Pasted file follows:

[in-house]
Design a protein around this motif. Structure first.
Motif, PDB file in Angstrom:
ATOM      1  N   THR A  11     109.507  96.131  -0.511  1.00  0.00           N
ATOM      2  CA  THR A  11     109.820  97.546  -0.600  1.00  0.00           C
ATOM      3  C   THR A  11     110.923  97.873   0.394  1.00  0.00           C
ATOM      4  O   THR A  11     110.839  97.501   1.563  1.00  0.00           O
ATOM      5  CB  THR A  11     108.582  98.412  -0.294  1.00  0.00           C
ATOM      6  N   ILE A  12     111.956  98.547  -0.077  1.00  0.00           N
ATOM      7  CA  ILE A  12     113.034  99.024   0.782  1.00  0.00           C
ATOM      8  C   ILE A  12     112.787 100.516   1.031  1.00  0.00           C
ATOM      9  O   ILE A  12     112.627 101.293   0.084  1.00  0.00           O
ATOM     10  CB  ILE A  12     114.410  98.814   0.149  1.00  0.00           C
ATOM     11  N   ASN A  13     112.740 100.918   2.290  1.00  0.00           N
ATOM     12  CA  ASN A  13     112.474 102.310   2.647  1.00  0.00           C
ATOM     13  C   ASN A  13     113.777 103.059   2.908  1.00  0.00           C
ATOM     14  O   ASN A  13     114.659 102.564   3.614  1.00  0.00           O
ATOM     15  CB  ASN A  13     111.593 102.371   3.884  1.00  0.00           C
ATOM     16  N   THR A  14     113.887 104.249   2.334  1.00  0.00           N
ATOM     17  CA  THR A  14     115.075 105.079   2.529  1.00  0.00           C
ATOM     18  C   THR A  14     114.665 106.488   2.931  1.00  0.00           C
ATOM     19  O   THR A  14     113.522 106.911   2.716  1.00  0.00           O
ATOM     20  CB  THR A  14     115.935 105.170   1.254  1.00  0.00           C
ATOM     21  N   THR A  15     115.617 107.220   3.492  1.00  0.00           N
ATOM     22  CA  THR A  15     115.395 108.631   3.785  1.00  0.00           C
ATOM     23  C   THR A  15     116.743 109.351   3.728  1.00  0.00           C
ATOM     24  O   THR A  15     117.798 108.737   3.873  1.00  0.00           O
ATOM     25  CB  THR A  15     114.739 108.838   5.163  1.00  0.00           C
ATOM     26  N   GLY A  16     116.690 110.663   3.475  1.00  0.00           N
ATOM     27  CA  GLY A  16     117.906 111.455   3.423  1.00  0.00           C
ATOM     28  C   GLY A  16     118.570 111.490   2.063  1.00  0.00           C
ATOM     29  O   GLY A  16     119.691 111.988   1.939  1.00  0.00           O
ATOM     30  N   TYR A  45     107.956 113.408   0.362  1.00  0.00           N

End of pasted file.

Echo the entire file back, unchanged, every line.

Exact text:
[in-house]
Design a protein around this motif. Structure first.
Motif, PDB file in Angstrom:
ATOM      1  N   THR A  11     109.507  96.131  -0.511  1.00  0.00           N
ATOM      2  CA  THR A  11     109.820  97.546  -0.600  1.00  0.00           C
ATOM      3  C   THR A  11     110.923  97.873   0.394  1.00  0.00           C
ATOM      4  O   THR A  11     110.839  97.501   1.563  1.00  0.00           O
ATOM      5  CB  THR A  11     108.582  98.412  -0.294  1.00  0.00           C
ATOM      6  N   ILE A  12     111.956  98.547  -0.077  1.00  0.00           N
ATOM      7  CA  ILE A  12     113.034  99.024   0.782  1.00  0.00           C
ATOM      8  C   ILE A  12     112.787 100.516   1.031  1.00  0.00           C
ATOM      9  O   ILE A  12     112.627 101.293   0.084  1.00  0.00           O
ATOM     10  CB  ILE A  12     114.410  98.814   0.149  1.00  0.00           C
ATOM     11  N   ASN A  13     112.740 100.918   2.290  1.00  0.00           N
ATOM     12  CA  ASN A  13     112.474 102.310   2.647  1.00  0.00           C
ATOM     13  C   ASN A  13     113.777 103.059   2.908  1.00  0.00           C
ATOM     14  O   ASN A  13     114.659 102.564   3.614  1.00  0.00           O
ATOM     15  CB  ASN A  13     111.593 102.371   3.884  1.00  0.00           C
ATOM     16  N   THR A  14     113.887 104.249   2.334  1.00  0.00           N
ATOM     17  CA  THR A  14     115.075 105.079   2.529  1.00  0.00           C
ATOM     18  C   THR A  14     114.665 106.488   2.931  1.00  0.00           C
ATOM     19  O   THR A  14     113.522 106.911   2.716  1.00  0.00           O
ATOM     20  CB  THR A  14     115.935 105.170   1.254  1.00  0.00           C
ATOM     21  N   THR A  15     115.617 107.220   3.492  1.00  0.00           N
ATOM     22  CA  THR A  15     115.395 108.631   3.785  1.00  0.00           C
ATOM     23  C   THR A  15     116.743 109.351   3.728  1.00  0.00           C
ATOM     24  O   THR A  15     117.798 108.737   3.873  1.00  0.00           O
ATOM     25  CB  THR A  15     114.739 108.838   5.163  1.00  0.00           C
ATOM     26  N   GLY A  16     116.690 110.663   3.475  1.00  0.00           N
ATOM     27  CA  GLY A  16     117.906 111.455   3.423  1.00  0.00           C
ATOM     28  C   GLY A  16     118.570 111.490   2.063  1.00  0.00           C
ATOM     29  O   GLY A  16     119.691 111.988   1.939  1.00  0.00           O
ATOM     30  N   TYR A  45     107.956 113.408   0.362  1.00  0.00           N